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Leadership, Patiently Impatient

by David Brock on September 27th, 2019

I got a call from one of the most inspiring leaders I know:

“Dave, I’m so frustrated, I have a vision for what we could be doing to grow the business, I think we can achieve so much more than we are–we are making our numbers. But we can do so much more, I can’t get people to move forward!”

What this leader faced is, probably, the root challenge of all leaders. Leaders tend to have a great vision, sometimes an inspiring vision, and the challenge is, “How do we get everyone in the organization share that vision with the same intensity as we do?”

We see various approaches to this, each of varying effectiveness.

There are the dictators, “You will do this, my way, or I will find someone who will!” Al Dunlap, otherwise known as “Chainsaw Al,” is probably one of the more famous versions of this type of leader. These leaders may have short term success, but find it impossible to sustain. They don’t have their people/teams behind them.

While “Chainsaw Al” is a dramatic example of this, we see this behavior in too many executives. They dictate the direction, failing to achieve the buy in and support of the people responsible for making it happen–the rest of the organization.

We see another behavior, leaders losing their vision, being seduced by the organization–consequently not driving important changes. At one point in my career, I almost fell into this trap. I was part of a turnaround team. The people in the organization were very smart, very talented people. As we started discussing changes we needed to make, my vision of what we might do, how we could grow; these well intended people presented all the arguments about why we couldn’t do these things: “We’ve tried this before…., It won’t work because of this…., Others have tried it and failed….”

The arguments were always well thought out, well presented, I was tempted to succumb, seduced by the arguments of smart well intended people. But then I remembered, they had failed. I was brought into the job to drive change, to get performance back on target, to get us to grow. If I sacrificed my vision and the things we needed to do drive success, I would have failed them, I would have failed the CEO and the Board who had entrusted me to turn the organization around.

As leaders, we can’t abandon our vision, we aren’t doing our jobs if we aren’t getting the support of the organization in implementing our vision.

Sometimes, as in the case of the frustrated leader at the start of the post, we get ahead of our interference. We charge ahead, pursuing our vision, cheerleading the organization, but not realizing they aren’t following–often for very good reasons. We find the gap between what we are trying to achieve and the organization’s capability to achieve it widening–and our effectiveness as leaders plummets, while our frustration sky rockets.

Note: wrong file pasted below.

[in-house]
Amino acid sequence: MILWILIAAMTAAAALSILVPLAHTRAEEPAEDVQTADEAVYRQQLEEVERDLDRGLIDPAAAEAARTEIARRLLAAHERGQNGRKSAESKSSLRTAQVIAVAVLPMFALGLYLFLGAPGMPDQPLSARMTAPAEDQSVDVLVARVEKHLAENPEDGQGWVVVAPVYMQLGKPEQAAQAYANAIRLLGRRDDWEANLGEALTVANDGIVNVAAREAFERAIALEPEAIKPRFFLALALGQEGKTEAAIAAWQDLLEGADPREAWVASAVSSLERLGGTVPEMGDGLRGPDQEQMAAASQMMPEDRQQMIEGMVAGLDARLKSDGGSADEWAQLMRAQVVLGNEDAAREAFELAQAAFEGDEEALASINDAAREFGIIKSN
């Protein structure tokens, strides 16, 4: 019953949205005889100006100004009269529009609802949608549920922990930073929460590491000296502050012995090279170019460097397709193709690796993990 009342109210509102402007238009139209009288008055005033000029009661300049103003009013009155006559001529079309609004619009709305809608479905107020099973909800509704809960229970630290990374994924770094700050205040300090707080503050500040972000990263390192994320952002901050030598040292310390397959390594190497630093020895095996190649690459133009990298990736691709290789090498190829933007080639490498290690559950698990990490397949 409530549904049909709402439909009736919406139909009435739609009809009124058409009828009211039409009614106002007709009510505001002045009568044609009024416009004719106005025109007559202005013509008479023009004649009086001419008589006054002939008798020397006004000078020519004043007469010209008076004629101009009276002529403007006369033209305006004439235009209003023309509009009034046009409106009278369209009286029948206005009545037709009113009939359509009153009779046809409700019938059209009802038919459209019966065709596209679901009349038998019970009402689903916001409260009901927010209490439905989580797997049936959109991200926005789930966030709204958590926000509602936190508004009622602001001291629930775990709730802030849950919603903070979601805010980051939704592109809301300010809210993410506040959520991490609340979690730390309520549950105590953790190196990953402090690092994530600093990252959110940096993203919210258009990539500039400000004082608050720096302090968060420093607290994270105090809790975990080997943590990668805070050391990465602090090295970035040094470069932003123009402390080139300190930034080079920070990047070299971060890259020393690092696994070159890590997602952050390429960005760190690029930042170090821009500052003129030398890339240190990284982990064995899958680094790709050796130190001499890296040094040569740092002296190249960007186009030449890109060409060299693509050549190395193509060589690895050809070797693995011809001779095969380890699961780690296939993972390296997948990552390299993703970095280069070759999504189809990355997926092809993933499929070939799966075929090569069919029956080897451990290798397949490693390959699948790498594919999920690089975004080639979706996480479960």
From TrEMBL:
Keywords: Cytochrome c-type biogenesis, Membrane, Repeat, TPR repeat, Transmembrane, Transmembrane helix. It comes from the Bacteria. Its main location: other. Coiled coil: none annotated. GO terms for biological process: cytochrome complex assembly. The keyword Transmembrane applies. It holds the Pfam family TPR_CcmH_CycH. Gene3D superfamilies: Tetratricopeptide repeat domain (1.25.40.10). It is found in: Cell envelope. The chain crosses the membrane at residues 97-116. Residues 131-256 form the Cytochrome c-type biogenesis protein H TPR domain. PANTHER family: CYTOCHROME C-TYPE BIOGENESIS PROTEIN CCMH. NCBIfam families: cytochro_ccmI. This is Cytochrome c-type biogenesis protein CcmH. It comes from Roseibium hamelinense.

Hence, the core challenge every leader faces, “How do we get everyone buying into our vision with the same intensity and energy as we believe in it? How do we get them to own the vision as their own, with the same intensity that we feel?”

This is at the core to every change initiative, it’s the core to why we as leaders exist. Our job is to get everyone in the organization to share the same vision with the same intensity that we do. It must become the organization’s purpose and mission.

We achieve the organization’s goals through our people, not through our individual initiative. If we fail to engage our people, if we fail to mobilize them to change, we fail!

It’s never easy, it’s often frustrating, but it’s our job. We can’t abandon the vision, we can’t move forward without the organization. We must engage them in owning the vision.

As quickly as we want to move, until everyone else is on board, we fail.

Leadership is about being patiently impatient!

From → Leadership

One Comment
  1. If the quality of the idea is not a real issue, but getting buy-in is, the I would recommend reading & implementing some of the ideas in:

    Buy-In: Saving Your Good Idea from Getting Shot Down

    by John P. Kotter (Author), Lorne A. Whitehead (Author)

    “You’ve got a good idea. You know it could make a crucial difference for you, your organization, your community.

    You present it to the group, but get confounding questions, inane comments, and verbal bullets in return.

    Before you know what’s happened, your idea is dead, shot down.

    You’re furious.

    Everyone has lost: Those who would have benefited from your proposal. You. Your company. Perhaps even the country.”

    It is a deceptively simply book, so implementation of the ideas is not simple.

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